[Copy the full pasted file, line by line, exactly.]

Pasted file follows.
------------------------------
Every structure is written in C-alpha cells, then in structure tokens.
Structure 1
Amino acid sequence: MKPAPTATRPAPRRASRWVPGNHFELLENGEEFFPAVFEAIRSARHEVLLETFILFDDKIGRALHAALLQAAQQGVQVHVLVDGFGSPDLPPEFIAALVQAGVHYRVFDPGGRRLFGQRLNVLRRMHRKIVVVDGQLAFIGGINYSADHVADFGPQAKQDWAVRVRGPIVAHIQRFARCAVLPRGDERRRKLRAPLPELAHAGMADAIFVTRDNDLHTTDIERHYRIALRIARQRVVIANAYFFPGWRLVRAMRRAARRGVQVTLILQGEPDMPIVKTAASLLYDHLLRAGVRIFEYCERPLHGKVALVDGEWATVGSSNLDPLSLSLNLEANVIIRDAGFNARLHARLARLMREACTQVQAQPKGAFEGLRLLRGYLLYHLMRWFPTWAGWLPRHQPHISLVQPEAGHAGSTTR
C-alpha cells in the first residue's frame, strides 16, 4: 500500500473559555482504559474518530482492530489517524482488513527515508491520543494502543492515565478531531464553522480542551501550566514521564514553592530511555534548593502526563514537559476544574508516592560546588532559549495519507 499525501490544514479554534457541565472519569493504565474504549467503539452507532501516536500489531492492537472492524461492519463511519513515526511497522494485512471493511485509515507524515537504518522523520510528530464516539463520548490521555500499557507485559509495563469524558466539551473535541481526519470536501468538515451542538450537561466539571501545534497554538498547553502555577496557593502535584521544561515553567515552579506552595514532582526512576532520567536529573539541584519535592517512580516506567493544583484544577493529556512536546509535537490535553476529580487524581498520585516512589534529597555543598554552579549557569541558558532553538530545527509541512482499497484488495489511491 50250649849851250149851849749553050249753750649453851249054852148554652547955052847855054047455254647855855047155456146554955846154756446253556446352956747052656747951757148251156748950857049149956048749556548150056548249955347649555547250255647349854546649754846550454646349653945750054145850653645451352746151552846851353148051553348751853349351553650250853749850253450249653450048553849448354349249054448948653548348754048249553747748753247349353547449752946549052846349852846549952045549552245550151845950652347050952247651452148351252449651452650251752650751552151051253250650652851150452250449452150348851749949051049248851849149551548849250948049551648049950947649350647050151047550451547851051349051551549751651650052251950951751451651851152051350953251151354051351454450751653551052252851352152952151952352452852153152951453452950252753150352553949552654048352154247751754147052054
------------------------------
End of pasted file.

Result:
Every structure is written in C-alpha cells, then in structure tokens.
Structure 1
Amino acid sequence: MKPAPTATRPAPRRASRWVPGNHFELLENGEEFFPAVFEAIRSARHEVLLETFILFDDKIGRALHAALLQAAQQGVQVHVLVDGFGSPDLPPEFIAALVQAGVHYRVFDPGGRRLFGQRLNVLRRMHRKIVVVDGQLAFIGGINYSADHVADFGPQAKQDWAVRVRGPIVAHIQRFARCAVLPRGDERRRKLRAPLPELAHAGMADAIFVTRDNDLHTTDIERHYRIALRIARQRVVIANAYFFPGWRLVRAMRRAARRGVQVTLILQGEPDMPIVKTAASLLYDHLLRAGVRIFEYCERPLHGKVALVDGEWATVGSSNLDPLSLSLNLEANVIIRDAGFNARLHARLARLMREACTQVQAQPKGAFEGLRLLRGYLLYHLMRWFPTWAGWLPRHQPHISLVQPEAGHAGSTTR
C-alpha cells in the first residue's frame, strides 16, 4: 500500500473559555482504559474518530482492530489517524482488513527515508491520543494502543492515565478531531464553522480542551501550566514521564514553592530511555534548593502526563514537559476544574508516592560546588532559549495519507 499525501490544514479554534457541565472519569493504565474504549467503539452507532501516536500489531492492537472492524461492519463511519513515526511497522494485512471493511485509515507524515537504518522523520510528530464516539463520548490521555500499557507485559509495563469524558466539551473535541481526519470536501468538515451542538450537561466539571501545534497554538498547553502555577496557593502535584521544561515553567515552579506552595514532582526512576532520567536529573539541584519535592517512580516506567493544583484544577493529556512536546509535537490535553476529580487524581498520585516512589534529597555543598554552579549557569541558558532553538530545527509541512482499497484488495489511491 50250649849851250149851849749553050249753750649453851249054852148554652547955052847855054047455254647855855047155456146554955846154756446253556446352956747052656747951757148251156748950857049149956048749556548150056548249955347649555547250255647349854546649754846550454646349653945750054145850653645451352746151552846851353148051553348751853349351553650250853749850253450249653450048553849448354349249054448948653548348754048249553747748753247349353547449752946549052846349852846549952045549552245550151845950652347050952247651452148351252449651452650251752650751552151051253250650652851150452250449452150348851749949051049248851849149551548849250948049551648049950947649350647050151047550451547851051349051551549751651650052251950951751451651851152051350953251151354051351454450751653551052252851352152952151952352452852153152951453452950252753150352553949552654048352154247751754147052054